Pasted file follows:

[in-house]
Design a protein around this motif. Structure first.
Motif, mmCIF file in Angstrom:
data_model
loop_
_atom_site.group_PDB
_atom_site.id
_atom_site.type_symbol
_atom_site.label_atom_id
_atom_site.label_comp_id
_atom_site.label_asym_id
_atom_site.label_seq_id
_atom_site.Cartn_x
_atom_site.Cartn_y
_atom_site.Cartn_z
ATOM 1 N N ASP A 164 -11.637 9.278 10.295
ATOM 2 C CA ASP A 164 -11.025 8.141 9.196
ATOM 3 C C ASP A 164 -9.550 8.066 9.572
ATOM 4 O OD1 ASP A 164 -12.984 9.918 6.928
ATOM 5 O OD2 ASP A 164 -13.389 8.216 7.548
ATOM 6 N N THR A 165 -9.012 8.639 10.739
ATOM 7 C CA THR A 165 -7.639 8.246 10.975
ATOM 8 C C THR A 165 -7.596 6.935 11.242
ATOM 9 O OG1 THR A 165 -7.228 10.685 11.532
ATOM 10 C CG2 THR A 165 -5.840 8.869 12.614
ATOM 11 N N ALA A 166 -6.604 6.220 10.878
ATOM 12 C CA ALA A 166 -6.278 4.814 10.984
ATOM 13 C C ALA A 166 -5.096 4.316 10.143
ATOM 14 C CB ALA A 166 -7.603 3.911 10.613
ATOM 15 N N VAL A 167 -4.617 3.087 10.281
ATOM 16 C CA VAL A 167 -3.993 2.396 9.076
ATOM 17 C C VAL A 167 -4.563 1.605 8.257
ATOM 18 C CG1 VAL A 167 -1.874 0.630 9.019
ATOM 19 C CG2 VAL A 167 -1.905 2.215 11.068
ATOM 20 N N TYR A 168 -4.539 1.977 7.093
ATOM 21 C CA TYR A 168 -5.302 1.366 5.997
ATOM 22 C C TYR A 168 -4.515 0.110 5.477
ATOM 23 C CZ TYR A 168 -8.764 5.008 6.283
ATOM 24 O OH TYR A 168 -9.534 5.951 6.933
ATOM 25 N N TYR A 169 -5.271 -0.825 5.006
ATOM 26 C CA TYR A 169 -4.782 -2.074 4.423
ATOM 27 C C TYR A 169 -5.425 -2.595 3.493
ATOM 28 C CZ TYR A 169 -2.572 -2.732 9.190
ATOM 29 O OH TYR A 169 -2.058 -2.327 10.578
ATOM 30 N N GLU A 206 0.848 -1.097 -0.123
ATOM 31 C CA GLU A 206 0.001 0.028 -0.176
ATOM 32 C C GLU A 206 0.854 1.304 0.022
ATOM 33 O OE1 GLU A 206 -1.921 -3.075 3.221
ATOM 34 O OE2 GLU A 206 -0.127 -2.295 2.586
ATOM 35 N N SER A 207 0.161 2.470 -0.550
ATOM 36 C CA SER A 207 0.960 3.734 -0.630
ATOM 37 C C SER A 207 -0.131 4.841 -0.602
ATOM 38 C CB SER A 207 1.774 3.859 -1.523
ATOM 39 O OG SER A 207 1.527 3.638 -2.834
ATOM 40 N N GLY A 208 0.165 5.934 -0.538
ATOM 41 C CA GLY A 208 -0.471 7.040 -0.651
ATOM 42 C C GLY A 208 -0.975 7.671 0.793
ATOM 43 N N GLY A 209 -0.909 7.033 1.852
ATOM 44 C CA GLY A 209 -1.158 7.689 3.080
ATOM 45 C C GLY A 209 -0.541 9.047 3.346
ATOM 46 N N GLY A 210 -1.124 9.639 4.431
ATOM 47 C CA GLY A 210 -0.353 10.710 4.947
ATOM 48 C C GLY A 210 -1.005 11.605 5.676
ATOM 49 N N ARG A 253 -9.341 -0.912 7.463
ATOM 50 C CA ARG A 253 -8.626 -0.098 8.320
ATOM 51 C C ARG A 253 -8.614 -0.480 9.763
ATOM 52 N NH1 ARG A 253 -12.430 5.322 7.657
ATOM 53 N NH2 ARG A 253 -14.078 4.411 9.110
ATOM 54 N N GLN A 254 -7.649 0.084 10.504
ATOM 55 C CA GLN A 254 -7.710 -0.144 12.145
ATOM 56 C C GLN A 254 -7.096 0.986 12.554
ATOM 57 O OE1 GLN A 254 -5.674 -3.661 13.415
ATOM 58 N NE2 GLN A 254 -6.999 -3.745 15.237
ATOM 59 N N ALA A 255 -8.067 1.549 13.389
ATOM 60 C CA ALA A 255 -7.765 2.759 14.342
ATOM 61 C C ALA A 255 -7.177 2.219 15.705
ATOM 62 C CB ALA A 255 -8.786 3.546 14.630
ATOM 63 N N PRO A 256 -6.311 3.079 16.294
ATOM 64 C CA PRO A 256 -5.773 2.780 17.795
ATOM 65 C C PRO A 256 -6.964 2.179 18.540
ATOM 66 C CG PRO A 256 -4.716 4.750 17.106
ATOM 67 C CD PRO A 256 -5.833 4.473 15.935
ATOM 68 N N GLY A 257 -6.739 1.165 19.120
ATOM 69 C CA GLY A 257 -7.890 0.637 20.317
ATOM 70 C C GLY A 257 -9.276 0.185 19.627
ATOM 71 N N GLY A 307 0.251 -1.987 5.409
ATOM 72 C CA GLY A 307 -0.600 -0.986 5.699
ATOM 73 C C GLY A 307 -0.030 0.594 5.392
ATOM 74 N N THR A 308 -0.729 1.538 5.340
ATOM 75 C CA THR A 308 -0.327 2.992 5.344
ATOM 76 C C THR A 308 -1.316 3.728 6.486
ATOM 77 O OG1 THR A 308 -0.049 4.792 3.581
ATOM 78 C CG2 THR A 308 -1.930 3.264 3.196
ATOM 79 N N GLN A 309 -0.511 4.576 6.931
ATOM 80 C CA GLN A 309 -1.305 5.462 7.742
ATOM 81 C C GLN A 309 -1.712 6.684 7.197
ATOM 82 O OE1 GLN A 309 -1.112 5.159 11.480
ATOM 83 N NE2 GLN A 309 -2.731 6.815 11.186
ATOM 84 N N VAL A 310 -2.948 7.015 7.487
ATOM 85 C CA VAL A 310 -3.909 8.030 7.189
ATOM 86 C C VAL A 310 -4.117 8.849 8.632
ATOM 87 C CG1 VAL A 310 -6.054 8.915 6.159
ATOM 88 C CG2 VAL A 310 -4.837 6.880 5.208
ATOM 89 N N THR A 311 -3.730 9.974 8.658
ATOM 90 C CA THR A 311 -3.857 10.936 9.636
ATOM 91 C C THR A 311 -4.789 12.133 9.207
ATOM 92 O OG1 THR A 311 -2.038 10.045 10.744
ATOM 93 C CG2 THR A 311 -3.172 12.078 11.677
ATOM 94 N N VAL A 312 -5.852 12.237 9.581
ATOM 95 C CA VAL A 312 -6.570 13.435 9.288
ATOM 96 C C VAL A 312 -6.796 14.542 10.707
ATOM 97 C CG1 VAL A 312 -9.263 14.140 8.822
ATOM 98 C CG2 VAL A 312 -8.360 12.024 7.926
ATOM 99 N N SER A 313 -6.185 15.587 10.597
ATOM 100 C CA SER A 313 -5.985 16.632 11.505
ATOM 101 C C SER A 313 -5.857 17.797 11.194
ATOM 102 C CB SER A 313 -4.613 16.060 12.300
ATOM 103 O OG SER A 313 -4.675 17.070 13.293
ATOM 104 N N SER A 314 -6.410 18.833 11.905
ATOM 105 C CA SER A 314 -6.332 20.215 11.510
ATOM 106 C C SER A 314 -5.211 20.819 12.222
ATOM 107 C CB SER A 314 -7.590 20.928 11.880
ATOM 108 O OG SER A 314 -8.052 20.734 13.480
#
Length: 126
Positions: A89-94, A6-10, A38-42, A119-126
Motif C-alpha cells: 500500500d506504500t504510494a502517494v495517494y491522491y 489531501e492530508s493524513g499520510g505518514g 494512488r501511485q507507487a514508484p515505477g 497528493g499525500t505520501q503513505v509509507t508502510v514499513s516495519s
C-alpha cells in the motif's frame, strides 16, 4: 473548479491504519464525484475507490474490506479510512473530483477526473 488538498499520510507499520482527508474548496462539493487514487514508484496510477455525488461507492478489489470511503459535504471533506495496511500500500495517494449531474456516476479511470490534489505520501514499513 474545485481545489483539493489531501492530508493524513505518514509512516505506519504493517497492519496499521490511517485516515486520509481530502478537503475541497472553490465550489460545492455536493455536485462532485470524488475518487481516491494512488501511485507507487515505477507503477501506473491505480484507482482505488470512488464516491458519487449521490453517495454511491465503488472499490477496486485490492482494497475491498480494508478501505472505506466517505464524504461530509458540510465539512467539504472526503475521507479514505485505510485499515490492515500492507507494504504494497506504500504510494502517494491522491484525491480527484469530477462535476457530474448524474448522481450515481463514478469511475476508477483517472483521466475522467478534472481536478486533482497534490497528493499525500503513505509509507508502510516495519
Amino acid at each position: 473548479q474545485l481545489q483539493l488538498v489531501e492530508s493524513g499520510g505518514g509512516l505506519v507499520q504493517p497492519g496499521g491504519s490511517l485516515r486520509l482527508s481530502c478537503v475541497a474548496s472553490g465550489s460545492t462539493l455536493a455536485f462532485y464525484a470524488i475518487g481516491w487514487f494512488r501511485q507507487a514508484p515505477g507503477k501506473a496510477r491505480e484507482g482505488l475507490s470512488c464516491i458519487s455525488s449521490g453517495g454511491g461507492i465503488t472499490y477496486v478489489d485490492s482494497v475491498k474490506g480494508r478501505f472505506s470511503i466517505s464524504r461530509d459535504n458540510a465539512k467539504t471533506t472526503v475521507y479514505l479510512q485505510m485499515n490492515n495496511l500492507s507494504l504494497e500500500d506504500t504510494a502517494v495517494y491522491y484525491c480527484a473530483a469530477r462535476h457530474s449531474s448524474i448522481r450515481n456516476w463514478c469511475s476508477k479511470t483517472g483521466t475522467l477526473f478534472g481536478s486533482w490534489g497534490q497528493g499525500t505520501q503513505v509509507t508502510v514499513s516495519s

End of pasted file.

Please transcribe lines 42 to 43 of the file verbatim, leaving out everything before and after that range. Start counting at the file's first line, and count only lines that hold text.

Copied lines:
ATOM 27 C C TYR A 169 -5.425 -2.595 3.493
ATOM 28 C CZ TYR A 169 -2.572 -2.732 9.190